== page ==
While Colombia’s chief prosecution chief filed charges against the opposition campaign manager, human right advocates and victims sued former President Alvaro Uribe after he successfully helped sink a peace process with leftist FARC rebels.
The government and FARC rebels have agreed to consider changing the already signed deal while maintaining a bilateral ceasefire. The UN has agreed to keep its observers in Colombia.
But, the country’s conservative opposition has come under immense pressure after its campaign manager revealed the ‘No’ campaign strategy had been to foment public discontent and actively avoid the use of fact.
The scandal forced Uribe’s campaign chief, former Senator Juan Carlos Velez, to resign, but that was only the beginning.
On Friday, Prosecutor General Nestor Humberto Martinez said he would investigate Velez on electoral fraud charges.
Other investigated opposition lawmakers
Jose Obdulio Gaviria
María Fernanda Cabal
Since Velez’ surprise announcement and resignation, the published list of lies and disinformation used in the campaign has piled up while the margin with which the opposition won was minuscule and deeply divided the country while creating major uncertainty in the regions where the armed conflict is now again ongoing.
Human rights advocate Jorge Molano, on behalf of several victim and human rights organizations, announced he would sue not just Uribe, but every opposition politician that had actively spread lies and disinformation, an electoral crime with a minimum penalty of four years.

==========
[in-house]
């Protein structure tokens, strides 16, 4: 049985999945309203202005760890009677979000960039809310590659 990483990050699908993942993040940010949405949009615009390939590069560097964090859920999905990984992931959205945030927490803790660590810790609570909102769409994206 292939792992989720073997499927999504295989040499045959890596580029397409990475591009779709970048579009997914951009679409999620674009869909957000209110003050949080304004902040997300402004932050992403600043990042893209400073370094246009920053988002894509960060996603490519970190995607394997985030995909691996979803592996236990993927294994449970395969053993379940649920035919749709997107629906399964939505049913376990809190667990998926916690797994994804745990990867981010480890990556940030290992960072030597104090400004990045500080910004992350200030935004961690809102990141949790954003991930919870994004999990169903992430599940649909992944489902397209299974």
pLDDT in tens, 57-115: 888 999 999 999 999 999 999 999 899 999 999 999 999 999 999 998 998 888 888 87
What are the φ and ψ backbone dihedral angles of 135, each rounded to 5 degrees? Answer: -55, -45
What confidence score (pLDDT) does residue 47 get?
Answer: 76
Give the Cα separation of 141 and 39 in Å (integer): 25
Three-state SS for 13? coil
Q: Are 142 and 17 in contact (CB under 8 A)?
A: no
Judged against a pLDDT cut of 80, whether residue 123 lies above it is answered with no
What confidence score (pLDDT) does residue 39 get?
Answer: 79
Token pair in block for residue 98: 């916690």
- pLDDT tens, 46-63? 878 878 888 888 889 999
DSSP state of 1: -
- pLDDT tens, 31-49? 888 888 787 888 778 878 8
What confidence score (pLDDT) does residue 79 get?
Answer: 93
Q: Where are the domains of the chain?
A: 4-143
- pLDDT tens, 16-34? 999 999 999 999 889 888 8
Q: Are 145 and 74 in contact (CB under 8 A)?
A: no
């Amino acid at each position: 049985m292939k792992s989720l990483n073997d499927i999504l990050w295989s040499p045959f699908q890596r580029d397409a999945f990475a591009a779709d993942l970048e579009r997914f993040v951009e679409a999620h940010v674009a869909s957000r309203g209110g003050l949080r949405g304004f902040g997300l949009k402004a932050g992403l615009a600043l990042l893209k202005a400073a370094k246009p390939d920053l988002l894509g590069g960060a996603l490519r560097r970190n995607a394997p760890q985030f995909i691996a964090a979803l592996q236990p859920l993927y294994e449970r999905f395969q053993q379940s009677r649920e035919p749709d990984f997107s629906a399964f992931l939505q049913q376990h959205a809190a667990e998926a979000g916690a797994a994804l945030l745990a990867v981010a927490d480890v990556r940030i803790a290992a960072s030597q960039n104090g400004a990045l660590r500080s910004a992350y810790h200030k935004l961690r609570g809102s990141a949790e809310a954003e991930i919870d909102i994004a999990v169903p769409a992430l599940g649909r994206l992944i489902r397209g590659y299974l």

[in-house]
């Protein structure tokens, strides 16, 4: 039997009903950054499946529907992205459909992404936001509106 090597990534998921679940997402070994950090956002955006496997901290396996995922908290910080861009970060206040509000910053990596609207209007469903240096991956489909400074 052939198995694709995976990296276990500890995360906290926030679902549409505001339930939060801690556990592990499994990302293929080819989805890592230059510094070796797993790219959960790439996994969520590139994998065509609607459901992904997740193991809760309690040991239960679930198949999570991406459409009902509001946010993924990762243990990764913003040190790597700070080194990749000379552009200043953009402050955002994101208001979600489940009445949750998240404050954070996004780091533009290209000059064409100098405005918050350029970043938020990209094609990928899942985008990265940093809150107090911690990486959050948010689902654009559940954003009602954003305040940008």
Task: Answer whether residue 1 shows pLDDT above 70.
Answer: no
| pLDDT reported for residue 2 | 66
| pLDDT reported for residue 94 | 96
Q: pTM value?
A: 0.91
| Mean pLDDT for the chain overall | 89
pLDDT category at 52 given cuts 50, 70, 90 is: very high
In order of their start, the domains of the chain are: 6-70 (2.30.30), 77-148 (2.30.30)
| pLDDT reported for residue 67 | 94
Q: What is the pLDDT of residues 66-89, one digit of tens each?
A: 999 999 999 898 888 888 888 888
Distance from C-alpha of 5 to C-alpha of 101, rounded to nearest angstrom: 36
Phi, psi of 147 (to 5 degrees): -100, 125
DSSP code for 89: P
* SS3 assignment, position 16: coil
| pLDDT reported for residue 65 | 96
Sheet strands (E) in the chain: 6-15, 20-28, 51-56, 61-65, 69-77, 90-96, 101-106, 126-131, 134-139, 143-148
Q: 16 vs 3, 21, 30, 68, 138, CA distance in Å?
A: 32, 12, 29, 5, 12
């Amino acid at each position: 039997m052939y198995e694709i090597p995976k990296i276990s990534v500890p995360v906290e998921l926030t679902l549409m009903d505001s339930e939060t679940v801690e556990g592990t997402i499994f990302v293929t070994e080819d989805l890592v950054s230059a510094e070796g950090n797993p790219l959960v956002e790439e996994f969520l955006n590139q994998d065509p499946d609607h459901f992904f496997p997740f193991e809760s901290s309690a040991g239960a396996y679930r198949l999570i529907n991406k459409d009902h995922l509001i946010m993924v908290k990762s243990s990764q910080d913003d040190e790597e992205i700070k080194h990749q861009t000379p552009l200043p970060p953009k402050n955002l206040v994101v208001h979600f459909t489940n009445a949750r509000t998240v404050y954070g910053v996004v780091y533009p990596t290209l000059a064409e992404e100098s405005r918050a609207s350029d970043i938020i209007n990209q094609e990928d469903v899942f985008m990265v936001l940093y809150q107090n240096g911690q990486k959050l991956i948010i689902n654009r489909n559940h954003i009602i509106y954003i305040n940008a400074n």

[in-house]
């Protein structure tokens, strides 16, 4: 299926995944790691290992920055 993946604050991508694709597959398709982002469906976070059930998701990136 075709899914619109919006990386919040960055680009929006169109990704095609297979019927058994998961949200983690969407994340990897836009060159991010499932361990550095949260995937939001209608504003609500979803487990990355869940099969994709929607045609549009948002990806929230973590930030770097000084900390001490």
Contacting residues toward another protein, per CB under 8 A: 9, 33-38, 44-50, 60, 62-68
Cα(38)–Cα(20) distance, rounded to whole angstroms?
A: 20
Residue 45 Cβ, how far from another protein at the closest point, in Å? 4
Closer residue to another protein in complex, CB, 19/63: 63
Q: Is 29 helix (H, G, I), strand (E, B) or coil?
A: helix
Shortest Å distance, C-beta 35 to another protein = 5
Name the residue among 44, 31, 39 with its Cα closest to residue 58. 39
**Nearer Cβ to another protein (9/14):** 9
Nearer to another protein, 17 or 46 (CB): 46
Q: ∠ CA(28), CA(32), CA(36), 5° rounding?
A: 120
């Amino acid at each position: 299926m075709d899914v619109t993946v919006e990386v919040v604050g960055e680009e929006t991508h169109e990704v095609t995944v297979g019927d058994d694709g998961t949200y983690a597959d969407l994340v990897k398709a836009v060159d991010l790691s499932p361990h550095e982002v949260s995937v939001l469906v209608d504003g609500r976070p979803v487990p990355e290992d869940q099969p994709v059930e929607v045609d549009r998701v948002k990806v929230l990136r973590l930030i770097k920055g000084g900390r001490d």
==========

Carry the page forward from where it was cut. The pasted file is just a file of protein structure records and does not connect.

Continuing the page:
He who by misleading actions secured that a citizen or a foreigner allowed to vote by law votes for a determined candidate, party or political current, or votes blank, will be subjected to imprisonment between four and eight years. The same penalty is imposed on those who in the same way wins a plebiscite, a referendum, a popular vote or an impeachment referendum in the same way.
Article 388 of Colombia’s penal law
“The claims made by the campaign manager of the Democratic Center, Juan Carlos Velez, that there were lies targeting the voter proves there was fraud,”Molano told RCN Radio.
According to the human rights advocate, the ‘No’ campaign was “a systematic campaign of lies, deceit, [and] implications to generate fear and anxiety among Colombians that ultimately led to the fraud that was committed.”
Molano, who received a medal from the US Embassy for his “brave” defense of victims disappeared by the state, said he delivered more than 4,000-pages of evidence with the Penal Chamber of the Supreme Court.
Whether to except or reject either cases lies with the country’s highest court, which could mean the process will take a while.
Last year, Colombia’s former chief prosecutor asked the court to investigate Uribe for his alleged involvement in a 1997 massacre, but without response, spurring Martinez on Thursday to demand the court take a decision on the case.